I love horror movies that take a traditional aspect of our lives and turn it into something terrifying. I particularly enjoy those flicks that can take an innocent childhood tale or myth and distort it into a horrific joyride of fun. And that is exactly what THE HAUNTING OF HELENA does; it turns a light and airy ritual of youth into a dark foray into horror.
If you are not familiar with THE HAUNTING OF HELENA, here is the plot synopsis courtesy of the film’s press release:
After a divorce, Sophia moves to the south of Italy with her daughter, Helena. The new house, located inside an austere building of the fascist age, hides a mysterious closet and dark secret. After the loss of Helena’s first baby tooth, a nightmare begins that could only come from darkness. This is the tale of a mysterious woman: an angel or a witch, a little girl, charmed by the arrival of the ‘Fairy of the teeth’, and her mother. Powerless before the transformation of an innocent children’s tale into a nightmare coming from afar, HAUNTING OF HELENA does not descend into a splatter film, but rather slides along the sharp blade of psychological fiction.
The Tooth Fairy has always frightened me, but I’m not sure why. It might be because she can slip into your house undetected, much like Santa Clause, but she comes to take things instead of leave them. Or it could simply be her obsession with teeth and her willingness to pay in order to get them. If such a being existed, how far might she go to get what she wanted?
THE HAUNTING OF HELENA is not a traditional Tooth Fairy story, but it sure packs one hell of a punch. It is shot very well, and I have to confess that some of the cinematography is what makes the film so creepy. The opening scene is particularly well done, and I was shocked to learn in the Behind the Scenes featurette that much of it was done with computer animation. The CG images are seamless and create an amazing opening sequence that sets the tone for the whole film.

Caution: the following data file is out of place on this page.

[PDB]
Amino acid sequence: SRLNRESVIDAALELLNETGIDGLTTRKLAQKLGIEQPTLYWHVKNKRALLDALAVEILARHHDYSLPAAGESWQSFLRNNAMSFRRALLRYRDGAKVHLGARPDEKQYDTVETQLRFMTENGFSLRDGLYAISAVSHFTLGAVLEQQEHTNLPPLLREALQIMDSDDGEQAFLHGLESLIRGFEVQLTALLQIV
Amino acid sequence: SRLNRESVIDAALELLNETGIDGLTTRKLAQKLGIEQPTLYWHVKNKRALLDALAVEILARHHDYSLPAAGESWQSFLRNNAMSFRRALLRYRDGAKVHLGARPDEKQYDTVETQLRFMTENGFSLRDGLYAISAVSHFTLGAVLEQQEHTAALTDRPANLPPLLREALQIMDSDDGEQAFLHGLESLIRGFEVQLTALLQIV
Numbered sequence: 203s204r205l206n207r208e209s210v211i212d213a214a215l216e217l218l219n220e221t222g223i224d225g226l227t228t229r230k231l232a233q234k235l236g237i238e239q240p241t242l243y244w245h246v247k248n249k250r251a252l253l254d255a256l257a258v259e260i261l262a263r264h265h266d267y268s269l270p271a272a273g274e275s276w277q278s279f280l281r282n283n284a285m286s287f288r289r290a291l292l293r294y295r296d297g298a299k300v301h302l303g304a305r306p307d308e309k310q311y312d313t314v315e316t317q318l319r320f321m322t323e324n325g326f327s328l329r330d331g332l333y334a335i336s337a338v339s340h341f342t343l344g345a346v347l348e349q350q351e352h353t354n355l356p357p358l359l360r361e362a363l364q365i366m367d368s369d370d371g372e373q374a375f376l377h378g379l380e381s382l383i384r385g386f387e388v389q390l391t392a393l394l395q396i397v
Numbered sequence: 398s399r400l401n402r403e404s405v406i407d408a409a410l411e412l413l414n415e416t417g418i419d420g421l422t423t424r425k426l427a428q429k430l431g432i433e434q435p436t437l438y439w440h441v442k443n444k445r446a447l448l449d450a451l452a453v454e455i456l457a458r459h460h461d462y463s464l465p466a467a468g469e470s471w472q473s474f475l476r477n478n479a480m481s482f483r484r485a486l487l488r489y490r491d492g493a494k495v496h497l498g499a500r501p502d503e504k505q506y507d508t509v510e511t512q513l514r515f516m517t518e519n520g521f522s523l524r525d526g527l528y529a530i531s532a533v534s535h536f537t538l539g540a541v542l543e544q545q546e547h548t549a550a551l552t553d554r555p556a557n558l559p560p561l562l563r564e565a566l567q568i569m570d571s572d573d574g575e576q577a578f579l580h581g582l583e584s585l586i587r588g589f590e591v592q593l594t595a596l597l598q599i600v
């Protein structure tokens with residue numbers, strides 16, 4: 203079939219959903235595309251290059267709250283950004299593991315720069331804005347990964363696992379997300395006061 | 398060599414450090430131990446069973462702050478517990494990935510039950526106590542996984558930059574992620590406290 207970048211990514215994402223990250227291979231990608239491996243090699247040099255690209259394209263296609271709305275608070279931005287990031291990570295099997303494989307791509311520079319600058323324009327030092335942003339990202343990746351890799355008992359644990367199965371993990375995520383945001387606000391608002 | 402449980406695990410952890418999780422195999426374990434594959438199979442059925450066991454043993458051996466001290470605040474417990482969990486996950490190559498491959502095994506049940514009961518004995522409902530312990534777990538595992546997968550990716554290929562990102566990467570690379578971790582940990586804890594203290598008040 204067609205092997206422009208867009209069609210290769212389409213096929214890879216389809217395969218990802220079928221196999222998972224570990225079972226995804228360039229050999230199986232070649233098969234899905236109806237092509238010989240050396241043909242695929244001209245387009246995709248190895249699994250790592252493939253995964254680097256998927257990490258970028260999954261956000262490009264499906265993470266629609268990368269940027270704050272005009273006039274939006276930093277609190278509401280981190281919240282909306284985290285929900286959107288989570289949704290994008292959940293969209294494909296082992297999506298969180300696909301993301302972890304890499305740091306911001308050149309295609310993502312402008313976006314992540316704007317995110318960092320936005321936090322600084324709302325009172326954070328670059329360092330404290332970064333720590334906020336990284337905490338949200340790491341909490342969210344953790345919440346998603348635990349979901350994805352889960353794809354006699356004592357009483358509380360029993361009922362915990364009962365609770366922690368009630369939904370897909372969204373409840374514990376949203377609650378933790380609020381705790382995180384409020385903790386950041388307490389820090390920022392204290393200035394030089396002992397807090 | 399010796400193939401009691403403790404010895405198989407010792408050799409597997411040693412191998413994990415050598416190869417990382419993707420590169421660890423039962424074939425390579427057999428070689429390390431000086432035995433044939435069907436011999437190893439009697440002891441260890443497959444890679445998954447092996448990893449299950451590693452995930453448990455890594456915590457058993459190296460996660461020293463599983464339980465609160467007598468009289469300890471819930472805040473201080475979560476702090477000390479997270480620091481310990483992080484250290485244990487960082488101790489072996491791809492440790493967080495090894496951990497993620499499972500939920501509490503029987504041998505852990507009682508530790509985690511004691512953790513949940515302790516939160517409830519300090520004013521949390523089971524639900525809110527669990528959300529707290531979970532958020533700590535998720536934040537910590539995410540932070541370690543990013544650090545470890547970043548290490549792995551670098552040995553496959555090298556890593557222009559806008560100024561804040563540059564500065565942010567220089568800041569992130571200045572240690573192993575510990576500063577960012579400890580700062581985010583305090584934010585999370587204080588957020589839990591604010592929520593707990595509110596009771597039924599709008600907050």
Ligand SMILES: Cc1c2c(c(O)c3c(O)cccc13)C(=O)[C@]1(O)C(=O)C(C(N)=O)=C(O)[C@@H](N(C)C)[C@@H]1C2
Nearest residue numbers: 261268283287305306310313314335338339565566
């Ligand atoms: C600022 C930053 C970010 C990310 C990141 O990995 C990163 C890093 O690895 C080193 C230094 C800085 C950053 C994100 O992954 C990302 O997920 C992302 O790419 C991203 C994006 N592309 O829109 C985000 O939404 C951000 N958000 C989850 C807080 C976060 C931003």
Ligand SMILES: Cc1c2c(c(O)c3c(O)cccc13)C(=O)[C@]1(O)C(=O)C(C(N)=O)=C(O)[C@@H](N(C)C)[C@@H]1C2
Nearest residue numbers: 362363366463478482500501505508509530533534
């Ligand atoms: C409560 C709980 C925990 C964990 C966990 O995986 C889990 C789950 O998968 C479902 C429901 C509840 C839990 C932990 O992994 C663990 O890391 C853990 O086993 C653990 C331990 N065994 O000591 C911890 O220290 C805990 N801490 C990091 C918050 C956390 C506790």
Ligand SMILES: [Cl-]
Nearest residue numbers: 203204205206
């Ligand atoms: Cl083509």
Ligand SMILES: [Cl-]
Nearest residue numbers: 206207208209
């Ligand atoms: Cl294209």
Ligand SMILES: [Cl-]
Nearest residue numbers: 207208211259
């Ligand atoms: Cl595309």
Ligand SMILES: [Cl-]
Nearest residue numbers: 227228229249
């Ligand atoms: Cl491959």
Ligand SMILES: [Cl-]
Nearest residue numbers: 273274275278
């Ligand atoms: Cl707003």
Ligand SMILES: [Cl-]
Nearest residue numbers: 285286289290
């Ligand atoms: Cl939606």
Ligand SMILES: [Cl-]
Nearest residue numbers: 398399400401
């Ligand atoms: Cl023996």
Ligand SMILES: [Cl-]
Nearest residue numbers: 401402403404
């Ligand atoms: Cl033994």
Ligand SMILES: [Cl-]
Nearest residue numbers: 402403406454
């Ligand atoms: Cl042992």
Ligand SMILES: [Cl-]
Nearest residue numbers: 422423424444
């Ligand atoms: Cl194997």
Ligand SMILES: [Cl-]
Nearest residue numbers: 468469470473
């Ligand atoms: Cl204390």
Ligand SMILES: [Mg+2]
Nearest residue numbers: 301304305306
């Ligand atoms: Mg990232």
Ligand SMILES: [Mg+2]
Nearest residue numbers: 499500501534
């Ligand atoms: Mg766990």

The acting is pretty good overall, although I am almost ashamed to admit that I don’t care much for performance given by the actress who portrayed young Helena, Sabrina Jolie Perez. For me, she lacks the emotional range and depth needed for a role like this one. Instead of sadness or joy, all I see in her facial expressions is a bland gaze that reads like depression. This does not detract from the movie, as her portrayal of Helena is simply downright eerie, but I do feel it is worth mentioning. Hopefully, her future roles will come out differently.
But what really wins this film for me is the writing and the story itself. There is a huge revelation towards the end that I never saw coming, which almost made the movie for me in itself. The plot moves at a nice pace and I never once felt like it was going stale. There are also several chilling scenes that literally made my flesh crawl. You just can’t ask for much more in a horror film.
THE HAUNTING OF HELENA is a top notch film that deserves your attention. The film is available now in a variety of formats, so give it a look.